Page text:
At a compliance conference on July 21, 2010, a per diem attorney appeared for the plaintiff that was not the attorney of record and the matter was adjourned for a week. On July 21, 2010, HSBC received responses to the first request for the production of documents, but as of that date, had still not received interrogatory responses from Wheeler. On July 22, 2010, HSBC sent plaintiff's counsel, Henry W. Davoli, Jr. ("Davoli"), a letter indicating that the July 21, 2010 response by plaintiff was inadequate as the documents were "not organized in any manner whatsoever", the plaintiff failed to identify which documents were responsive to each specific demand, the response did not include many of the documents requested or an explanation as to why they were not included, and no response to the first set of interrogatories was provided.
Plaintiff provided responses to interrogatories dated July 27, 2010, at the July 28, 2010 conference before this court. However, the interrogatories were only signed by Wheeler's attorney and they were unverified. Further, some of the interrogatories were not answered. At the July 28, 2010 conference, and in subsequent correspondence on September 24, 2010, HSBC indicated that plaintiff's prior responses were inadequate. On September 27, 2010, HSBC sent plaintiff a specific itemized list of six sets of documents that plaintiff did not include in the document production and twelve insufficient interrogatory responses. On September 29, 2010, the eve of a scheduled compliance conference, plaintiff's counsel sent HSBC a letter, not verified by his client, essentially denying the existence of any other documents, declining to respond further to the interrogatory demands, and noting that "a deposition would appear to be the place where you can obtain the details which you are perhaps seeking."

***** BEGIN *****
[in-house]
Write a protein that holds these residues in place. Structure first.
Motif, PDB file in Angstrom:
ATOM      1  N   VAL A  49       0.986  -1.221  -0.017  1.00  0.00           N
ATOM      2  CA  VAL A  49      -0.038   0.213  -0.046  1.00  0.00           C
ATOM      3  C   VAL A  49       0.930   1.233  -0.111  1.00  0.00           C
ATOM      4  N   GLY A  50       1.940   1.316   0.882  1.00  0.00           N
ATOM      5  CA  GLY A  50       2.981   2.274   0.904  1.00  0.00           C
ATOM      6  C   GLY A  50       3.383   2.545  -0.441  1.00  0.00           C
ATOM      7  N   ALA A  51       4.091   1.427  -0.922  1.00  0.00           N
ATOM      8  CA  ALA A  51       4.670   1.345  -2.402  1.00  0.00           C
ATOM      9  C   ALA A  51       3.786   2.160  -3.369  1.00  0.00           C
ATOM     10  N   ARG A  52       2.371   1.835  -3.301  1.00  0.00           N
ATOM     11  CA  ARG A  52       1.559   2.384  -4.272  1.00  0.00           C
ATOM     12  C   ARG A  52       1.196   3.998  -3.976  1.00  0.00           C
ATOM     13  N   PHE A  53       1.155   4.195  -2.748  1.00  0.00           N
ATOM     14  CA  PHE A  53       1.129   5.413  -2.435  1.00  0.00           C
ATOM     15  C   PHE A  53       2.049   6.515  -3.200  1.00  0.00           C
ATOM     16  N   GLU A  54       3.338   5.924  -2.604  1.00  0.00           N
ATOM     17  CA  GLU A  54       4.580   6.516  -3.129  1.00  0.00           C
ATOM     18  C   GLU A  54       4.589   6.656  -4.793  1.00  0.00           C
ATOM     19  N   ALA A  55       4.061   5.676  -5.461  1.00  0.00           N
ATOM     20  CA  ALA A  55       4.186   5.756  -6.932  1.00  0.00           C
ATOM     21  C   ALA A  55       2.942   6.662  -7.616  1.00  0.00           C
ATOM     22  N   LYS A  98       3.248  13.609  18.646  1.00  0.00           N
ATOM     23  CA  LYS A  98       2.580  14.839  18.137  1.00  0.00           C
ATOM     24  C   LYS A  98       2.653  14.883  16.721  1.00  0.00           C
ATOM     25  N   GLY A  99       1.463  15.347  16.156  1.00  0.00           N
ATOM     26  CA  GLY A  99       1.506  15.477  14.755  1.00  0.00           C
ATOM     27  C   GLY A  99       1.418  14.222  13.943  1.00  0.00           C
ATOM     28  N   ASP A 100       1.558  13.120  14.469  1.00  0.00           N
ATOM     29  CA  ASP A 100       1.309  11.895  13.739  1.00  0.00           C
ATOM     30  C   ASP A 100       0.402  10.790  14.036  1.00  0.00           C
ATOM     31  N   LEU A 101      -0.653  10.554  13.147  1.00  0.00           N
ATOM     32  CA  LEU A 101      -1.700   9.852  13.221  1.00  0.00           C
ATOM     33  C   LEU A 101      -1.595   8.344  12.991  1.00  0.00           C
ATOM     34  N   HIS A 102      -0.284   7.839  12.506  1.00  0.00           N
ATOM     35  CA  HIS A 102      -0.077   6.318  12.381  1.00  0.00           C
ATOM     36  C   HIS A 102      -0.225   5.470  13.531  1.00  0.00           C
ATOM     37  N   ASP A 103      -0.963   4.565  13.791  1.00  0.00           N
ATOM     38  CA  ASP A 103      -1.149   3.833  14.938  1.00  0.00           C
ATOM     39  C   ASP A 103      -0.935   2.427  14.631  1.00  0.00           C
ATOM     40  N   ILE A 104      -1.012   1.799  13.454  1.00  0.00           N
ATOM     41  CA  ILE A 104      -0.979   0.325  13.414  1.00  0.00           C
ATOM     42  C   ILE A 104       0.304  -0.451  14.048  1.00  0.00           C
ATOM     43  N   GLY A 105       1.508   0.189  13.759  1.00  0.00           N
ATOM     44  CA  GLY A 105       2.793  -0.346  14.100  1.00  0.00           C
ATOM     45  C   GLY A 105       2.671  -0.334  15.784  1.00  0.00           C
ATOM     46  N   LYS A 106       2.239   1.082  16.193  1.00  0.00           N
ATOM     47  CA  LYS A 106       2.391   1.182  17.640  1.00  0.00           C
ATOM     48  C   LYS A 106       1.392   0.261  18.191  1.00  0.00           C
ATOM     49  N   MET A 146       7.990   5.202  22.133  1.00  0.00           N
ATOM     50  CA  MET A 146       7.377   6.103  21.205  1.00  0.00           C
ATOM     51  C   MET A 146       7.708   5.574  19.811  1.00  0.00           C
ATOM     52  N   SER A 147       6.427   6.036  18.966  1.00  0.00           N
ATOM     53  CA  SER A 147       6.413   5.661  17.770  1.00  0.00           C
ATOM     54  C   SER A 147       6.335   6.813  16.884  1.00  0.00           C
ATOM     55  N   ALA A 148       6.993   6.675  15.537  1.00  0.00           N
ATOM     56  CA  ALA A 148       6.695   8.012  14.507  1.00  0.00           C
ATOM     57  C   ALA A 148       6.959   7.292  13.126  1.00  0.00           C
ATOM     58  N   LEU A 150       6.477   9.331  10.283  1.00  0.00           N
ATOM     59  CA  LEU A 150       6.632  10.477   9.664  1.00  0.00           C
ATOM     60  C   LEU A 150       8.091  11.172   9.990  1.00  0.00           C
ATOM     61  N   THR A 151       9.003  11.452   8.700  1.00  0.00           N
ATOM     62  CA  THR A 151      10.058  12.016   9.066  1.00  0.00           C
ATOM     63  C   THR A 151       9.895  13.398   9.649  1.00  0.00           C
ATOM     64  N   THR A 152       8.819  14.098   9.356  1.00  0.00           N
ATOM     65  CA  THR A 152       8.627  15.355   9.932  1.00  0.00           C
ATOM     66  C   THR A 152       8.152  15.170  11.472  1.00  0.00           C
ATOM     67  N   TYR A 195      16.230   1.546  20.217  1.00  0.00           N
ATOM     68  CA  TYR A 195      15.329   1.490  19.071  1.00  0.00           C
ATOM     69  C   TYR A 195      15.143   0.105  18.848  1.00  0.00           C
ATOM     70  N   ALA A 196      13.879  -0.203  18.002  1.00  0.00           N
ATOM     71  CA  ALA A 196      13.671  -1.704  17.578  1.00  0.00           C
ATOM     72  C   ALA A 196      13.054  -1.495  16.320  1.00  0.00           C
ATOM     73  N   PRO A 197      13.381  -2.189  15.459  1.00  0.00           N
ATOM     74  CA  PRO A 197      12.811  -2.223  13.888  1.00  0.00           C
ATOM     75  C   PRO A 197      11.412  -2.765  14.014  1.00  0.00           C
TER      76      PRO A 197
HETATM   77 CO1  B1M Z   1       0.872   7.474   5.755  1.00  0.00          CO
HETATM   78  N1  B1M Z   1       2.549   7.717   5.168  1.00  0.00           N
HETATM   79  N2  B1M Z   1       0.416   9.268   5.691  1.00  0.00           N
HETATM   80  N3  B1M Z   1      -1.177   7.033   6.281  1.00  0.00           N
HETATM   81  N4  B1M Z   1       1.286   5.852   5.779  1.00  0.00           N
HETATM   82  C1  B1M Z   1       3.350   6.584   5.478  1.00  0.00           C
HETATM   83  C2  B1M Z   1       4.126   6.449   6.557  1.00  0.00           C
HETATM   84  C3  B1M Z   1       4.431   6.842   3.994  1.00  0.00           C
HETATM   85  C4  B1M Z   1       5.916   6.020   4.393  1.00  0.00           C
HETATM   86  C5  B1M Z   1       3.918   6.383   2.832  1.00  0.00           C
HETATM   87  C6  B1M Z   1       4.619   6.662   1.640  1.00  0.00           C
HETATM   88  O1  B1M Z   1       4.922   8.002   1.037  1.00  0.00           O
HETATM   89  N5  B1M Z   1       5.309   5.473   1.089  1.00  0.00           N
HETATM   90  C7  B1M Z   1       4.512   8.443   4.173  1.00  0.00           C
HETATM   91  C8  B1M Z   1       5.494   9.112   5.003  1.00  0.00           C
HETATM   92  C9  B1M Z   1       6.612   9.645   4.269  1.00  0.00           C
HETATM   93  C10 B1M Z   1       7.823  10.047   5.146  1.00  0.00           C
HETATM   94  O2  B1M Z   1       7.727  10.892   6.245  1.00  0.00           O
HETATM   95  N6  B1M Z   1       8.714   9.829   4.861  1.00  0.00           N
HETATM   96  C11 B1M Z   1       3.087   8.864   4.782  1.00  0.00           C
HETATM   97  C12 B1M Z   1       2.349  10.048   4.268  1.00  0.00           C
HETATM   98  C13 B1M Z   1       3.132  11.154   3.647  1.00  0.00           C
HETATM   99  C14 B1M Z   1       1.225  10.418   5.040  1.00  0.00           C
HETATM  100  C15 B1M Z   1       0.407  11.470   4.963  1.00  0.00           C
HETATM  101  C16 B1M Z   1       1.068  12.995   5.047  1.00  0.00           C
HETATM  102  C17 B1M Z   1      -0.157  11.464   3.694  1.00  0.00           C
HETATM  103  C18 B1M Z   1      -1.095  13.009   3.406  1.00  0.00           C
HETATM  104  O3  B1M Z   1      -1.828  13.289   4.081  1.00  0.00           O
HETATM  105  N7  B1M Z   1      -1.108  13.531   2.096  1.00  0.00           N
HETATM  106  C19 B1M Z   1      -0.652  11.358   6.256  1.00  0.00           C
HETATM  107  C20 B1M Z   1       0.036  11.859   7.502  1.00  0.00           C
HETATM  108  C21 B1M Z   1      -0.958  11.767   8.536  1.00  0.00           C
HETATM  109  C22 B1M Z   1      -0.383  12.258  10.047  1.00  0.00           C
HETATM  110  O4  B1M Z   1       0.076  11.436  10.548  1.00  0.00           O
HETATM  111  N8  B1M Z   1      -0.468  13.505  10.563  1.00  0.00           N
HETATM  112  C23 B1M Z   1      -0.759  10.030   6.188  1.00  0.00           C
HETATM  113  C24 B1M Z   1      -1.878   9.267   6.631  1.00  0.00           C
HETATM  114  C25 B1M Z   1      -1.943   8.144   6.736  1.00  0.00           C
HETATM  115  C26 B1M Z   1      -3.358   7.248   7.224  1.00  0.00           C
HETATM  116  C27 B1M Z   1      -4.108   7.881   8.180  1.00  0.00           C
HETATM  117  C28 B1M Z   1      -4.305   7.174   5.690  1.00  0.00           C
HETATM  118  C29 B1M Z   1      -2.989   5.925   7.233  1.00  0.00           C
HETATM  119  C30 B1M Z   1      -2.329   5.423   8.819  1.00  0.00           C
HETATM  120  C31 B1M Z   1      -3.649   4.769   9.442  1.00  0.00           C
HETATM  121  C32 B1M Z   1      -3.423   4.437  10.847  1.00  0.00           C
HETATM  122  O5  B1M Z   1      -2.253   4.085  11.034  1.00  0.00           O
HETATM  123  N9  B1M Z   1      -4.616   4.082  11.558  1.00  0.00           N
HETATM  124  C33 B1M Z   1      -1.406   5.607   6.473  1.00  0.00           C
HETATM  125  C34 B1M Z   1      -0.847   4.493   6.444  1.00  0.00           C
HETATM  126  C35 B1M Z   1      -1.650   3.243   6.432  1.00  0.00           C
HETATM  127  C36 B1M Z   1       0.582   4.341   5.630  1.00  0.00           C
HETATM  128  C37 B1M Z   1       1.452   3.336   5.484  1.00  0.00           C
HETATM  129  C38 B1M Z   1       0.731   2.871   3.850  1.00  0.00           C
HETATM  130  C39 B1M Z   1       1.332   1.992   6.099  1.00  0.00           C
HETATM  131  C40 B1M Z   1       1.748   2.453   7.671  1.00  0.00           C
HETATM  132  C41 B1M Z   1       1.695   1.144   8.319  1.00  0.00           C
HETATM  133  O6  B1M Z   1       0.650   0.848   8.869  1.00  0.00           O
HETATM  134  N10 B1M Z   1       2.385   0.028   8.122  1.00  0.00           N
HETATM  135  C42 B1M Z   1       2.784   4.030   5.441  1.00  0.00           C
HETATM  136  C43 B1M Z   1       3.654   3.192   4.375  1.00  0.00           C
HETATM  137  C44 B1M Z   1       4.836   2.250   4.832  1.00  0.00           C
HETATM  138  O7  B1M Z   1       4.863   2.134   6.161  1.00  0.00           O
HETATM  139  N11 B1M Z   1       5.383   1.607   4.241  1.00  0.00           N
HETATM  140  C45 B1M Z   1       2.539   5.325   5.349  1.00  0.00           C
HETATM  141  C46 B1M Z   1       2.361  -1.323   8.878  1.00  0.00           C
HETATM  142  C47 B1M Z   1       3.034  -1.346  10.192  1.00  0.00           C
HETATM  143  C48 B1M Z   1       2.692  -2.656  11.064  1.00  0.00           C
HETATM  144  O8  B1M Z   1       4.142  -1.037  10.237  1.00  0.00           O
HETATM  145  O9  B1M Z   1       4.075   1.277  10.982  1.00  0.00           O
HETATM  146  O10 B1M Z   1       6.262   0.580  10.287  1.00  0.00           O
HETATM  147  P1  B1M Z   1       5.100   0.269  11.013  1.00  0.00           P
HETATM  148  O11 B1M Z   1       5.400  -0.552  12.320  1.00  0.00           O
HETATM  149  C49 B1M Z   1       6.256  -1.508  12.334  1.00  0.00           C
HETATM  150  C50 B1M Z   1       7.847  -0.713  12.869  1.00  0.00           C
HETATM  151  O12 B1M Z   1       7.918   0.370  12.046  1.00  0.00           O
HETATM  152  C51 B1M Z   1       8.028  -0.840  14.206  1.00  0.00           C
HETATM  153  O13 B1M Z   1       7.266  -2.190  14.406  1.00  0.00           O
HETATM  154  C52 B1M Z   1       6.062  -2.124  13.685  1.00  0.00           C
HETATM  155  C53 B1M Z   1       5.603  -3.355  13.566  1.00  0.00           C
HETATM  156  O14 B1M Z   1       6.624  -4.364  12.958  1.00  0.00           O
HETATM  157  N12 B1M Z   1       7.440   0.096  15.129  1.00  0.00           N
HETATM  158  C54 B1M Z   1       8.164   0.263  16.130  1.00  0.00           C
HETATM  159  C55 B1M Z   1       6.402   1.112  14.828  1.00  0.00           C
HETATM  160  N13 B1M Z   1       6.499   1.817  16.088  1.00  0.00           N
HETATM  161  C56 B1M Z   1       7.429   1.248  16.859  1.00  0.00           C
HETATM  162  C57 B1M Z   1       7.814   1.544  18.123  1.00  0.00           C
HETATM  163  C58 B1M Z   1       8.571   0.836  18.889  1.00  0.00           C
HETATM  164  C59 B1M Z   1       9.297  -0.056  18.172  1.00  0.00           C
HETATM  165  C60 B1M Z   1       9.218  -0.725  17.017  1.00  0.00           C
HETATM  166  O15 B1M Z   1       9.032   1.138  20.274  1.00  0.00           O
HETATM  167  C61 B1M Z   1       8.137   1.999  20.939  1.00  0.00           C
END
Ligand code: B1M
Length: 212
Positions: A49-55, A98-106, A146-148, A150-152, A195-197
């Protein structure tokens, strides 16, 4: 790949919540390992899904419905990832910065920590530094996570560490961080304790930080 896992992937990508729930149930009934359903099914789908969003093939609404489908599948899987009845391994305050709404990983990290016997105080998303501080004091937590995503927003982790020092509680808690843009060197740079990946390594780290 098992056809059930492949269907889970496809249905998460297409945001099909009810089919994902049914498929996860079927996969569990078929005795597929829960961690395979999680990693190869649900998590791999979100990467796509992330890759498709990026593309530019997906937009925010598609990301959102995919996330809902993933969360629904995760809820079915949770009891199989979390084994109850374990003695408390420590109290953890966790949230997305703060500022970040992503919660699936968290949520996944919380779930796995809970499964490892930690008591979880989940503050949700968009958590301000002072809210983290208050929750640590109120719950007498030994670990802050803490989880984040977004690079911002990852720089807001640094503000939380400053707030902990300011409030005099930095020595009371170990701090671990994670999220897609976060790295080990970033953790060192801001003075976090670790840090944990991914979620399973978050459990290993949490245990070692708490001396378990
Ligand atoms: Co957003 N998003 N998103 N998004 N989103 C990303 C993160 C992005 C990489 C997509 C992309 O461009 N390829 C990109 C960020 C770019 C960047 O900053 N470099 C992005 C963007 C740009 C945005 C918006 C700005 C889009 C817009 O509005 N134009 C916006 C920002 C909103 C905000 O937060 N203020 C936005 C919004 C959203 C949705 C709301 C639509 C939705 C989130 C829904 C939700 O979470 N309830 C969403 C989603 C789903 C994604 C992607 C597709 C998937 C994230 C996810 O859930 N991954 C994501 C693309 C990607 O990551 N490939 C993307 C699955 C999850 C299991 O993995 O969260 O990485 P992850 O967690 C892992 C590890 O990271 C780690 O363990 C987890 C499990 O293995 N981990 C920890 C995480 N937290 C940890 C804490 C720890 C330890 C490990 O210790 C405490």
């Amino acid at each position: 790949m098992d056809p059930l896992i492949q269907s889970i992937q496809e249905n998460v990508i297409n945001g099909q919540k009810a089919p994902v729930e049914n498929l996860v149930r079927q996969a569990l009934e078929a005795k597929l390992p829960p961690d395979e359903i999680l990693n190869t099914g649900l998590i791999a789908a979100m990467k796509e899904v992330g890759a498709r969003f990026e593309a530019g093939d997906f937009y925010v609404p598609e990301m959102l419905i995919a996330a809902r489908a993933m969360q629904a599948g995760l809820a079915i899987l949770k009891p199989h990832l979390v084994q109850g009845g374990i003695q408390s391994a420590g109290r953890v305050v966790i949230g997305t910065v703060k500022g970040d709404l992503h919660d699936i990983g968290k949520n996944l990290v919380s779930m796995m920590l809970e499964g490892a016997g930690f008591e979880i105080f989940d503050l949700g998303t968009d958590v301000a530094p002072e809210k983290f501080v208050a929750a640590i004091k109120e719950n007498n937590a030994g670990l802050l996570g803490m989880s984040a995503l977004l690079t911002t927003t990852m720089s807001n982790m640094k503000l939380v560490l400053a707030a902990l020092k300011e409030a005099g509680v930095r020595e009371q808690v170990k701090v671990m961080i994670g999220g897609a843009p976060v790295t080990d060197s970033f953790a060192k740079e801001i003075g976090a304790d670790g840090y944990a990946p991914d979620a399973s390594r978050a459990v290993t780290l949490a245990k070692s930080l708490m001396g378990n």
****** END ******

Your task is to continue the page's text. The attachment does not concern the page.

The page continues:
Plaintiff's counsel, again, sent a per diem attorney that was not handling the discovery in this action to a compliance conference on September 30, 2010. At that conference, this [*3]court entered a short form order directing plaintiff "to serve supplemental responses to defendant's interrogatories and responses to defendant's document demands, as requested in letter dated September 27, 2010, within 30 days." Plaintiff did not provide any supplemental response to HSBC in compliance with that order.